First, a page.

There were disruptions in FedEx and UPS deliveries because of the huge spike in ecommerce volume nationwide. Some custodians were dealing with Covid outbreaks that caused delays in loans getting certified.
“We had record funding volumes and collateral shipment volumes all year long,” she said. Because the housing market was booming, she says her team “worked long hours, sometimes until 8 pm.”
And then in February 2021, something else happened. That’s when a massive ice storm took out power in the entire state of Texas for at least a week.
FedEx deliveries were delayed by more than three weeks after the ice storm. And that was just one of the hardships her team endured. Talk about leadership tests, this one was epic.
The massive power outage meant Vickie and her Collateral Staff had to stay at a hotel for almost a week. It was the only way to ensure they could continue to receive and process all the collateral they received. The hotel’s food service was shut down, no restaurants were open, and there was limited food available at grocery stores.
When Texas Capital’s new President and Chief Executive Officer Rob C. Holmes heard about the situation, he drove around to grocery stores to get cases of ice, food, water, snacks, fruit and drinks. And then he delivered it to the marooned staff in the hotel. He located caterers that would deliver hot meals. Vickie says, “That speaks volumes to who he is. He’s amazing.”
Access to Texas Capital’s office building was a challenge because of generator problems. There were a few days when her staff had to climb 8 flights of stairs with a flashlight to get to their floor.
But nothing stopped in the warehouse lending operation during the worst of the storm. “When I tell you they are troopers, they are. We were like kids in a candy store, when they got the elevators working again.”
Some days when most outside activities were paralyzed by the snow and ice, Vickie’s team would caravan in to the office. Roughly 18 people would slowly drive together through ice and snow to the building. There were about 4 in each car, trying not to breathe on one another because of Covid. She says they would jump out of the car and take selfies of each other in the snow on the way to work.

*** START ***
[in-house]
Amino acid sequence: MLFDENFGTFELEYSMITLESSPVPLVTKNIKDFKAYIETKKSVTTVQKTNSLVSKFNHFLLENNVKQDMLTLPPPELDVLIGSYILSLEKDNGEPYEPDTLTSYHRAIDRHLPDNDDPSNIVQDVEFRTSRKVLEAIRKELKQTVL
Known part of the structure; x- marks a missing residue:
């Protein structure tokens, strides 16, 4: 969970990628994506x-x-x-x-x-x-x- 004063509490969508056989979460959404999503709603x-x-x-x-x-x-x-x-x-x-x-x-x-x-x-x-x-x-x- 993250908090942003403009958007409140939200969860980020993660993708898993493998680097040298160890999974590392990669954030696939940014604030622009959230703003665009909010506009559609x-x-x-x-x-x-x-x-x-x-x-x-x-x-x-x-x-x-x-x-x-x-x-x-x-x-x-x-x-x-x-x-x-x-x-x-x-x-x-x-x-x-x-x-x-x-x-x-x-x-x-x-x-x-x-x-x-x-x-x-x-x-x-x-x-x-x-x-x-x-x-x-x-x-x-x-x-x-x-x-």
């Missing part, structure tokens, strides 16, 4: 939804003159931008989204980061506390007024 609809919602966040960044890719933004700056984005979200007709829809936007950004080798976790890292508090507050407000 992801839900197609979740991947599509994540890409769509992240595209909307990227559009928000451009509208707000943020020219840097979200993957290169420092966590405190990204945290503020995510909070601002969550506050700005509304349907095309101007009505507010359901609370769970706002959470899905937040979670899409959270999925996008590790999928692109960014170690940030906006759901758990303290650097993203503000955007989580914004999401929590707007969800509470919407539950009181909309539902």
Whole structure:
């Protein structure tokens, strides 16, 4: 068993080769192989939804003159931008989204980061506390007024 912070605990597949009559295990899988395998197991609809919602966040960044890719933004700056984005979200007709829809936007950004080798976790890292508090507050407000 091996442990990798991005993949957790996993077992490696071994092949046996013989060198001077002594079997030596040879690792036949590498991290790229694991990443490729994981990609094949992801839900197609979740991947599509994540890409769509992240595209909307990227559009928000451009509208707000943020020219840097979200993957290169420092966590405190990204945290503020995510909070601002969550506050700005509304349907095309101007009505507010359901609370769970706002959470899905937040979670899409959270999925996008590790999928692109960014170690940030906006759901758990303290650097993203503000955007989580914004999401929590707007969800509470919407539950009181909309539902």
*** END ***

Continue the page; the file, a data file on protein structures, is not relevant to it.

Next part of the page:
And she says through it all, her team “got there early and stayed late.” See what I mean about this born leader? Do you have enough proof yet?
Just in case you don’t, the outside accolades keep coming in as well. She was nominated under the Corporate Spotlight section for Who’s Who in Black Dallas in 2017. In 2018, she was honored as a Women of Influence by HousingWire.
A coach for life
If anyone could write an instruction manual for living, it would be Vickie Butler. Her instructional design training is still coming in handy—but this time it’s training for real life.
Her students run the gamut from single moms and their children, to women suffering from addiction, and homeless families in crisis.
“My husband [Ray Butler] and I are looking to invest in rental property for the sole purpose of helping these single moms to have the opportunity to move into a home and work to improve their credit scores and avoid credit card debt.” She also helps single moms with their income tax returns (no red ink, though).
She and her husband support the Arms of Hope program, affiliated with the Boles and Medina Children’s Home. And they help MICAH House and the Housing Crisis Center with fundraising and other activities. She has been honored by Sisters Inspiring Sisters for her work with single mothers and their children.
And every year, Vickie sets aside two weeks of her vacation to assist single mothers, whether it be with childcare during spring break or just giving them a break, period.
She has worked with one family for more than 9 years. She says they have signed contracts about budget rules, emergency cash funds, and placing funds in controlled accounts to ensure their car note is paid. Stimulus money is used to ensure groceries are purchased, oil changes are completed and car tags are up to date. “They’ve had to learn the importance of putting money aside for rent in the event of a job loss,” Vickie says.
In other words, she is teaching these single moms financial planning 101. And they are learning from an absolute pro, a very senior banking executive who is as successful as you can get. It’s like she is back in her old DECA class, only she is the teacher now, fully comfortable in the business suit.
And she hasn’t forgotten the people that took the time to help her. “I believe in empowering. I know what people did for me,” she says. Her mom would be proud.